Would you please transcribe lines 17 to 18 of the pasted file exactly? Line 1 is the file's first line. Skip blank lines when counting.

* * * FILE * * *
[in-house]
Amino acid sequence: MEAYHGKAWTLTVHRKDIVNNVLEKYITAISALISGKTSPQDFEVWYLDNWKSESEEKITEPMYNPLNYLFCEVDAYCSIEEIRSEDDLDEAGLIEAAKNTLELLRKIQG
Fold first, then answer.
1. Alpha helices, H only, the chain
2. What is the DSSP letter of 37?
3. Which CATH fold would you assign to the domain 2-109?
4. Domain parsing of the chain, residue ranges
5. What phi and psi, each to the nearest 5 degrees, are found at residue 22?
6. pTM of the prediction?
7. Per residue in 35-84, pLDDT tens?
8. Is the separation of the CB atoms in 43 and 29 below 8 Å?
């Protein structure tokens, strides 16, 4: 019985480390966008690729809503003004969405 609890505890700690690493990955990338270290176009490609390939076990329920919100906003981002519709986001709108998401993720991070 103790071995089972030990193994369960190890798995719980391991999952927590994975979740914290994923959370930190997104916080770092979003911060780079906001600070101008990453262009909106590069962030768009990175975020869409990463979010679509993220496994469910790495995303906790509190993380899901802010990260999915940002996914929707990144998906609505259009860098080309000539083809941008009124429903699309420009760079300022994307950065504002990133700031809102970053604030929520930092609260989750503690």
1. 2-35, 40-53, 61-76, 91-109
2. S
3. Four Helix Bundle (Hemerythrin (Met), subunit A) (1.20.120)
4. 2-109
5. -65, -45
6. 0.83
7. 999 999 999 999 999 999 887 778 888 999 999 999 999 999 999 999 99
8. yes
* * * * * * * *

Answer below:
5. -65, -45
6. 0.83